Keep a look out for Google’s AR glasses next time you’re out for a stroll.
This past January, reports began circulating that Google was in the development of its own augmented reality (AR) glasses that enable wearers to blend virtual graphics with the real world. During its I/O event in May, the company offered us our first real look at the device, teasing real-time language translation.
Earlier today, Google announced plans to begin testing its much-talked-about AR prototypes in select parts of the United States beginning next month, according to a new update from the company.
Google teases new AR glasses at #GoogleIO2022 pic.twitter.com/Ui5gAm2hAE
— The Verge (@verge) May 11, 2022
“Augmented reality (AR) is opening up new ways to interact with the world around us. It can help us quickly and easily access the information we need — like understanding another language or knowing how best to get from point A to point B,” said the company in a blog post. “For example, we recently shared an early AR prototype we’ve been testing in our labs that puts real-time translation and transcription directly in your line of sight.”
“However, testing only in a lab environment has its limitations. So starting next month, we plan to test AR prototypes in the real world.”
According to Google, real-world testing will allow them to better understand how these AR prototypes can be most effective in our day-to-day lives. The company will begin with a few dozen testers composed of Google employees and “select trusted testers.” These testers will have “strict limitations” on what they are able to do and where they will be able to go.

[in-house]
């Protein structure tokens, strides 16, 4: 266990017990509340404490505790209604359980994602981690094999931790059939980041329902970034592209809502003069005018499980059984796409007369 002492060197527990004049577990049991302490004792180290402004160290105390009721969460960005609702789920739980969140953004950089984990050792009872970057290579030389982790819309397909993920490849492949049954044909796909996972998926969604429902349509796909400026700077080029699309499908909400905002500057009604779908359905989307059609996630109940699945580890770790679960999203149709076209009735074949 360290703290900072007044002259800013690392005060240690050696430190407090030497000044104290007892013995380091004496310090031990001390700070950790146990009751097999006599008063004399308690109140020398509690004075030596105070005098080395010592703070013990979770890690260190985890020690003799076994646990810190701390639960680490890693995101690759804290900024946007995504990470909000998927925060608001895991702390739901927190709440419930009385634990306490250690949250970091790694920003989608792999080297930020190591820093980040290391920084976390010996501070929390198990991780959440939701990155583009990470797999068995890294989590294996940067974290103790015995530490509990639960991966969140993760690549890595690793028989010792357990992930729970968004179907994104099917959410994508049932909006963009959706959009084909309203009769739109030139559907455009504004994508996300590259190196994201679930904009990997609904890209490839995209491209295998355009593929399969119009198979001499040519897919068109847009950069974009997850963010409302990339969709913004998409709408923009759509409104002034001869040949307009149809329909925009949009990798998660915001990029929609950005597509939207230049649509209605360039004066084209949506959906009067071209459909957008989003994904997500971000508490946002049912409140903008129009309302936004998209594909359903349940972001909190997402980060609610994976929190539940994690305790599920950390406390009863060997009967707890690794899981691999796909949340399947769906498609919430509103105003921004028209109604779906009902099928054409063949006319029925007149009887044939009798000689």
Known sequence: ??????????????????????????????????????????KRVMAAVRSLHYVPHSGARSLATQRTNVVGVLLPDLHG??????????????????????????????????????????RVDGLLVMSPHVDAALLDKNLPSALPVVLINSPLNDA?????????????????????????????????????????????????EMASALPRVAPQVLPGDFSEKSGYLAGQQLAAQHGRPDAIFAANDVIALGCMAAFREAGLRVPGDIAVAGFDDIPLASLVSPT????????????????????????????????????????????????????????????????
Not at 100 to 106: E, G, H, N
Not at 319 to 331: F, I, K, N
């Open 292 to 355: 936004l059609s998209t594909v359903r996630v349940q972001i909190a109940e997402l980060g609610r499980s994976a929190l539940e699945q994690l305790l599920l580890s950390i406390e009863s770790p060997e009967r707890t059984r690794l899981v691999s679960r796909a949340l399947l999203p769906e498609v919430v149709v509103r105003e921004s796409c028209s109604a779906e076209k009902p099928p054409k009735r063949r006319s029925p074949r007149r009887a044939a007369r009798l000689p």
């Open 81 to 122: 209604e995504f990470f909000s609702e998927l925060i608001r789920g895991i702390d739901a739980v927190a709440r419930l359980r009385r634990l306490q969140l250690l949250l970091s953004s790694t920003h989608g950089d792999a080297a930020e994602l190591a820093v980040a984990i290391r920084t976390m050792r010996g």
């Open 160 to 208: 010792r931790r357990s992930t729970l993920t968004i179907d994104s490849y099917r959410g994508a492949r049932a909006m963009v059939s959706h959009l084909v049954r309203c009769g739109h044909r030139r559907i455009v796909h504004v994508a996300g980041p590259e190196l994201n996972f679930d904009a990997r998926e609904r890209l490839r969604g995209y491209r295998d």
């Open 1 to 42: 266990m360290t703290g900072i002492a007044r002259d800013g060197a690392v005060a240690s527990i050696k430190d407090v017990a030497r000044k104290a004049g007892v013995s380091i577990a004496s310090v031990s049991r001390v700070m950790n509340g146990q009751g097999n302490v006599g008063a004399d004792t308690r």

While these AR prototypes do feature “visual and audio sensors,” they are not capable of photography and videography. Image data captured by the glasses will be used for purposes such as navigation and translation, such as guiding operators to a specific destination or translating food menus.
Once the experience has been completed, Google says that the image data will be deleted within 30 days, minus any information needed for analysis and debugging. Bystanders can tell if image data is being collected via an LED indicator located on the device and can request that the data be deleted by the tester.
“It’s early, and we want to get this right, so we’re taking it slow, with a strong focus on ensuring the privacy of the testers and those around them,” added the company. “You can read more details about our limited public testing efforts for AR prototypes in the Google Help Center. As we continue to explore and learn what’s possible with AR, we look forward to sharing more updates.
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Image Credit: Google